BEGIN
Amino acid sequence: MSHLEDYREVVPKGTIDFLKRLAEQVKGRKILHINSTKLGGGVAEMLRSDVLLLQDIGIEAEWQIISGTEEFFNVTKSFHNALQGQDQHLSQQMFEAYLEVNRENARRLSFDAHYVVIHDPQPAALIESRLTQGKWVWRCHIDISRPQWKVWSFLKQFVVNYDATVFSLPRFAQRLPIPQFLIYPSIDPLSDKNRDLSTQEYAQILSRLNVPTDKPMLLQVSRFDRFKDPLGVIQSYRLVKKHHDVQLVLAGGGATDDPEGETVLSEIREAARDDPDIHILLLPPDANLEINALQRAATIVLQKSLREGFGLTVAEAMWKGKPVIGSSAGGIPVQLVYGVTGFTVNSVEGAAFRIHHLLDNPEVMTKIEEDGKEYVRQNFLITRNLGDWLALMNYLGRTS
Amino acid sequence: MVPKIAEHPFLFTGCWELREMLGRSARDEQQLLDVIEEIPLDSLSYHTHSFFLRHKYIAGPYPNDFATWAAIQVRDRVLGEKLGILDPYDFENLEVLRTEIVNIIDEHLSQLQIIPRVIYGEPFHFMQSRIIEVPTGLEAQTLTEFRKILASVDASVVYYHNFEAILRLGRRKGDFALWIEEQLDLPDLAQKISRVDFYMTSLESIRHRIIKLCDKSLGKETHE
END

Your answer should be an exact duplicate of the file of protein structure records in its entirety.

Amino acid sequence: MSHLEDYREVVPKGTIDFLKRLAEQVKGRKILHINSTKLGGGVAEMLRSDVLLLQDIGIEAEWQIISGTEEFFNVTKSFHNALQGQDQHLSQQMFEAYLEVNRENARRLSFDAHYVVIHDPQPAALIESRLTQGKWVWRCHIDISRPQWKVWSFLKQFVVNYDATVFSLPRFAQRLPIPQFLIYPSIDPLSDKNRDLSTQEYAQILSRLNVPTDKPMLLQVSRFDRFKDPLGVIQSYRLVKKHHDVQLVLAGGGATDDPEGETVLSEIREAARDDPDIHILLLPPDANLEINALQRAATIVLQKSLREGFGLTVAEAMWKGKPVIGSSAGGIPVQLVYGVTGFTVNSVEGAAFRIHHLLDNPEVMTKIEEDGKEYVRQNFLITRNLGDWLALMNYLGRTS
Amino acid sequence: MVPKIAEHPFLFTGCWELREMLGRSARDEQQLLDVIEEIPLDSLSYHTHSFFLRHKYIAGPYPNDFATWAAIQVRDRVLGEKLGILDPYDFENLEVLRTEIVNIIDEHLSQLQIIPRVIYGEPFHFMQSRIIEVPTGLEAQTLTEFRKILASVDASVVYYHNFEAILRLGRRKGDFALWIEEQLDLPDLAQKISRVDFYMTSLESIRHRIIKLCDKSLGKETHE